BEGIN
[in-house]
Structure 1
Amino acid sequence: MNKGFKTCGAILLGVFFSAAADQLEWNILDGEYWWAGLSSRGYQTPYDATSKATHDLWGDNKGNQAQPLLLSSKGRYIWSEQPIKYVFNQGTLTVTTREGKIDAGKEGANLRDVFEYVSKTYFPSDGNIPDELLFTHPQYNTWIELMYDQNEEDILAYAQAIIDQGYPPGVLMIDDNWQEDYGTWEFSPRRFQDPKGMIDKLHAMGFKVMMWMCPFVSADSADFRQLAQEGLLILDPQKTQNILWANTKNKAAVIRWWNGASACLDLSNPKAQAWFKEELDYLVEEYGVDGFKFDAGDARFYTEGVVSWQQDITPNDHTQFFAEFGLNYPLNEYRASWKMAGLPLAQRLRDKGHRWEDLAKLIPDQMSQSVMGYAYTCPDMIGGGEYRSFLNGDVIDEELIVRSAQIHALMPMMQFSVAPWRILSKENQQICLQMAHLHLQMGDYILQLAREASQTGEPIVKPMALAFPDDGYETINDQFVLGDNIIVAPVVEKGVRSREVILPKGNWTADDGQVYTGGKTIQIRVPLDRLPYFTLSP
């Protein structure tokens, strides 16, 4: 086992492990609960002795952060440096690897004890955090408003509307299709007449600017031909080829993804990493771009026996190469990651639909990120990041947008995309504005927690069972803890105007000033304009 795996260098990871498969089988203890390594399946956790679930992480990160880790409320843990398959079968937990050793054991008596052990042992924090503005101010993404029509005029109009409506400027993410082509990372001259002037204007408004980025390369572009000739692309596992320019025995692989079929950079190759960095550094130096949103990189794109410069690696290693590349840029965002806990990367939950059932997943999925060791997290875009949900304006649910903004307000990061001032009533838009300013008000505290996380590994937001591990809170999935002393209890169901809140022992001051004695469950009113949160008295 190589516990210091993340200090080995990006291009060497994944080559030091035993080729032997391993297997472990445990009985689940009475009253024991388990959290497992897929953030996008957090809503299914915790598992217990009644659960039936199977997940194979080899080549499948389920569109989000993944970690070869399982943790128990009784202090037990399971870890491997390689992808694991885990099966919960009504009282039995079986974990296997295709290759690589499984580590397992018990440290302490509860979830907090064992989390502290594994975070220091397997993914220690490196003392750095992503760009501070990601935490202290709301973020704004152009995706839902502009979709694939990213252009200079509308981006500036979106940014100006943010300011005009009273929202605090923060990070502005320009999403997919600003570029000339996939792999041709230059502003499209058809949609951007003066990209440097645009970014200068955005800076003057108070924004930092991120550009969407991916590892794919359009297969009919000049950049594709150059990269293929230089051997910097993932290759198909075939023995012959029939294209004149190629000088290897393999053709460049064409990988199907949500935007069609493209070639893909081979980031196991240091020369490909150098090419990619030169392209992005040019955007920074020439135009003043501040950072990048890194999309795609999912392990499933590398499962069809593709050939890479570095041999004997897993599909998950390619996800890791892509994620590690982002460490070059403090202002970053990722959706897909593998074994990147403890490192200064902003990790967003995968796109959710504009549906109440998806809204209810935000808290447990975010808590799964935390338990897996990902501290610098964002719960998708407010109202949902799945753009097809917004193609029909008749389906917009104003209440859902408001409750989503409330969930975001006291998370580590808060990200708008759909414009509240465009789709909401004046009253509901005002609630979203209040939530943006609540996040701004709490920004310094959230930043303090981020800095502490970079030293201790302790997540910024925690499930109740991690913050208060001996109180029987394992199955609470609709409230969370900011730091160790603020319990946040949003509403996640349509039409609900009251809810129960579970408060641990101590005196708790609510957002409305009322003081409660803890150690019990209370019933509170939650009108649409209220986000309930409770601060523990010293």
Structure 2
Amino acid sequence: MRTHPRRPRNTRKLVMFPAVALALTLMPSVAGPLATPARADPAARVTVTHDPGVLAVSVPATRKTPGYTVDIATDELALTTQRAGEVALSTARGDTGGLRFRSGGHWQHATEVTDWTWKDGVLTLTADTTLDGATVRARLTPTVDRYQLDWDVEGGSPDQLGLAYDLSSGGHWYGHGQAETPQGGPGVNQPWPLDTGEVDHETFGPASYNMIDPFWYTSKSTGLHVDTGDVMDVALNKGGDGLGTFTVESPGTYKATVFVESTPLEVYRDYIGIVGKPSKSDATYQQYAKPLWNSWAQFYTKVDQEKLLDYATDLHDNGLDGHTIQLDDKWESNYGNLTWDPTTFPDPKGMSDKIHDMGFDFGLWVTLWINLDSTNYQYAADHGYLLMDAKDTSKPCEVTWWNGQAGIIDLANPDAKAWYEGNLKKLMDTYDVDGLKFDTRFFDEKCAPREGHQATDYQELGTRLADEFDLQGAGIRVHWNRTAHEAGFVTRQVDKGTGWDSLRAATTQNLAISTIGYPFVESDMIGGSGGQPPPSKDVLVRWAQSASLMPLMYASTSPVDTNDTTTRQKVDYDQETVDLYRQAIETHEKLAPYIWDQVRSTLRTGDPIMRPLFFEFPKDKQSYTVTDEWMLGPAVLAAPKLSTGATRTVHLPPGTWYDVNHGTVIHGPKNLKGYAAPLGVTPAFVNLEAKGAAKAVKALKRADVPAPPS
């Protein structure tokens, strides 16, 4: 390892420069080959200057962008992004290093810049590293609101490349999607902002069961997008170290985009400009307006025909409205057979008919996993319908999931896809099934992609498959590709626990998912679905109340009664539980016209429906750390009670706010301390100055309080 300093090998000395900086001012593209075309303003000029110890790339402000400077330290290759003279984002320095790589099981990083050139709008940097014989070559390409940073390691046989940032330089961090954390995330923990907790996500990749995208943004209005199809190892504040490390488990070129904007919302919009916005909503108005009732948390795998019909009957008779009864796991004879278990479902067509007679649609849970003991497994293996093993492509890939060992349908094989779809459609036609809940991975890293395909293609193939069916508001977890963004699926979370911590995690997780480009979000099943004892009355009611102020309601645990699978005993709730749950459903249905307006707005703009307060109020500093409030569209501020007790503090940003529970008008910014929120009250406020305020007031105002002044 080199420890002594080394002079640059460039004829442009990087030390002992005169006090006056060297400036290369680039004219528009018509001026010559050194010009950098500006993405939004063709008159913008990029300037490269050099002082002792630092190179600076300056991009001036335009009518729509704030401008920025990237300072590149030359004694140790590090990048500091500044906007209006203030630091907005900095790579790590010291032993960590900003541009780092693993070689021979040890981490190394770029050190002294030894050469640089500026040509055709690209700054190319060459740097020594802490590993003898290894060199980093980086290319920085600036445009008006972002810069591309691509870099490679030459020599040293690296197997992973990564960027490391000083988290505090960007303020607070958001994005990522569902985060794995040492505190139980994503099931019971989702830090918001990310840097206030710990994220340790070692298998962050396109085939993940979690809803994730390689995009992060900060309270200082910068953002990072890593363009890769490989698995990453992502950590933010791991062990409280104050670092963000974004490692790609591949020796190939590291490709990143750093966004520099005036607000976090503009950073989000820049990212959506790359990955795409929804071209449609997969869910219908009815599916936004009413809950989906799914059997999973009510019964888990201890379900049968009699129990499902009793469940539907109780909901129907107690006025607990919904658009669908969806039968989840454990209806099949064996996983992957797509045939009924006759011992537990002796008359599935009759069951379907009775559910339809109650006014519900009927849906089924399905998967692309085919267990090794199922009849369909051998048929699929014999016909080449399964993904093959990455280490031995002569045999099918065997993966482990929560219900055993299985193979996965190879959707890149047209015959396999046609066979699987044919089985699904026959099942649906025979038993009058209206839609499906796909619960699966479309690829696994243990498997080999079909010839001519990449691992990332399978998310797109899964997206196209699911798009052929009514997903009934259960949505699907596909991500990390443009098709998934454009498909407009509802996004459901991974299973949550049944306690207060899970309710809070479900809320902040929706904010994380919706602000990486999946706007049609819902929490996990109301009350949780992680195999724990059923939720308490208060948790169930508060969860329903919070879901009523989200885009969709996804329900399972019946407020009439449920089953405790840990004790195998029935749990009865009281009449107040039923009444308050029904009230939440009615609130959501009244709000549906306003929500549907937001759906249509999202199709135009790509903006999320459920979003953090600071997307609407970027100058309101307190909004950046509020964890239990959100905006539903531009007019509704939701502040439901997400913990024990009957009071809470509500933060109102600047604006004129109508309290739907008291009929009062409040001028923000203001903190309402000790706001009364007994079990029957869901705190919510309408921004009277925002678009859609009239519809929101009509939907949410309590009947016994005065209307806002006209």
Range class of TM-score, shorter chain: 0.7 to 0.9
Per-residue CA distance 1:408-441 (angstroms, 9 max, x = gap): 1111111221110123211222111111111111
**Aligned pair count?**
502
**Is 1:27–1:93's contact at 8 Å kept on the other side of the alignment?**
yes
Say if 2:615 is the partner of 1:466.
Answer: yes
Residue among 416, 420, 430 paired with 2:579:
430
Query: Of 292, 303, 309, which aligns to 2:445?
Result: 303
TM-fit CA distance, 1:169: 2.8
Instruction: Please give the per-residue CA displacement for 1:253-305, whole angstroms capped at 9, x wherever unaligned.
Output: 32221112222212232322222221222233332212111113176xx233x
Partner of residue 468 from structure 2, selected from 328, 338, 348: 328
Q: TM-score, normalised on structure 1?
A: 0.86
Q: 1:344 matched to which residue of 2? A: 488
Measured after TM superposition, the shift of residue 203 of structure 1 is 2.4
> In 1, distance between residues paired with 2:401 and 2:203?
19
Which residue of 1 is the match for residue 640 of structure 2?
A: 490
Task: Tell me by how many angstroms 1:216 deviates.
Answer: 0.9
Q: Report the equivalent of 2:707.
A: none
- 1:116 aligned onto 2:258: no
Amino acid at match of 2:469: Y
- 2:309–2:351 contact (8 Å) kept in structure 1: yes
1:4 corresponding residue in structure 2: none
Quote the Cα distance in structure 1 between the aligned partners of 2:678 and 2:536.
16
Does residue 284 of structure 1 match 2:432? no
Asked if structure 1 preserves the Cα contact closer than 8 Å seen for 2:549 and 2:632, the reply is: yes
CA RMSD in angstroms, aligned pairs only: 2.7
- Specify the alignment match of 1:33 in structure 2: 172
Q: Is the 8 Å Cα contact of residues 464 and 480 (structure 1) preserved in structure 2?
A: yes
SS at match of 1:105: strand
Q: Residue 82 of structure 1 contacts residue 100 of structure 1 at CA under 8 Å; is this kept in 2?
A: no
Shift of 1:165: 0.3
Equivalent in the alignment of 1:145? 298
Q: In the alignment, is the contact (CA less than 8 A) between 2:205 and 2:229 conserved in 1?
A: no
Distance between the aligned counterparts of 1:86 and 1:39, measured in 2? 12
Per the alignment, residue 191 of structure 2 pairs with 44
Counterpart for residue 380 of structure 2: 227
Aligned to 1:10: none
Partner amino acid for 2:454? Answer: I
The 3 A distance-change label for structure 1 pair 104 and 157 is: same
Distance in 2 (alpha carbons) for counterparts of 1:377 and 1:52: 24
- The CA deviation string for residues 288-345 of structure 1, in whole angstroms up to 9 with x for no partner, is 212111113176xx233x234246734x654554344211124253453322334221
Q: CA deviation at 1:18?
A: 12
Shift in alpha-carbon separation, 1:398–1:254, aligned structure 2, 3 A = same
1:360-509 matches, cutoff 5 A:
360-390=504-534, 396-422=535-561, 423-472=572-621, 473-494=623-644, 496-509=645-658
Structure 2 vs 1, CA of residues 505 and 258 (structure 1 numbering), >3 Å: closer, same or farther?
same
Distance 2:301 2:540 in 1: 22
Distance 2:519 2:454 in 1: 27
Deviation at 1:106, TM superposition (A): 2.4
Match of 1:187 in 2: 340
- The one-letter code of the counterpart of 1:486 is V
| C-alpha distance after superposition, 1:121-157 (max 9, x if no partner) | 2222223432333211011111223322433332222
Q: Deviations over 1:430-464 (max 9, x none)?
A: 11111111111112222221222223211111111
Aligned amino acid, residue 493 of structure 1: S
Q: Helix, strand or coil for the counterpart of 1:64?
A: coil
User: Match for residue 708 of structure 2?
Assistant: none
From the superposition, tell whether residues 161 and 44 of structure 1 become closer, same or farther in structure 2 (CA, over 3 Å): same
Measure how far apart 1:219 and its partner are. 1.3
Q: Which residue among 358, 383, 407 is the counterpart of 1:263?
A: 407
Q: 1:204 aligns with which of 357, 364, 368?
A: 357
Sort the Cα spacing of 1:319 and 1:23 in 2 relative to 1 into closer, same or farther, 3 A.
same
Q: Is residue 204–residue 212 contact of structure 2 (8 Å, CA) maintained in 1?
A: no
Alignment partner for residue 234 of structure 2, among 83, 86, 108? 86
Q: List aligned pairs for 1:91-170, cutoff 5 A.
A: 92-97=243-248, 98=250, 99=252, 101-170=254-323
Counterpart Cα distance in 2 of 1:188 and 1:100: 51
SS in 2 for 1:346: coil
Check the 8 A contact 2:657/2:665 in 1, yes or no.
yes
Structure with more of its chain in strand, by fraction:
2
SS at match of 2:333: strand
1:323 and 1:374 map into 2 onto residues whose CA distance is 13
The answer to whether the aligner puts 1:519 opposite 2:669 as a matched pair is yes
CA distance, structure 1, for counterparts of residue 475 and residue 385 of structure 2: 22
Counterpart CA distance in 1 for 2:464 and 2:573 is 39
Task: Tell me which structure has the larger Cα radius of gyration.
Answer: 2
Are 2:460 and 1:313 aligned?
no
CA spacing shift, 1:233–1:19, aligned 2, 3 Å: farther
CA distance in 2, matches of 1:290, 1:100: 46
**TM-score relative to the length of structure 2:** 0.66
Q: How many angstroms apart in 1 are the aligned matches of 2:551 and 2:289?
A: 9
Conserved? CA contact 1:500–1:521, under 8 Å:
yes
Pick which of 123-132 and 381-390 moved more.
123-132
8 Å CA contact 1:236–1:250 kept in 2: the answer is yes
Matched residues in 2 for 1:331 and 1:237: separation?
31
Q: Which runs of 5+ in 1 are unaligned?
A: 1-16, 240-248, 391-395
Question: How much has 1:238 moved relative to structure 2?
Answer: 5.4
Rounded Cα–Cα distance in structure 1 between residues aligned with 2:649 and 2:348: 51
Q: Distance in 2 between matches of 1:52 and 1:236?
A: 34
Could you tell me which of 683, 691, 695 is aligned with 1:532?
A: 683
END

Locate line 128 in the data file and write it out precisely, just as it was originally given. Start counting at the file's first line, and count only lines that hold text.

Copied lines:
Q: Distance in 2 between matches of 1:52 and 1:236?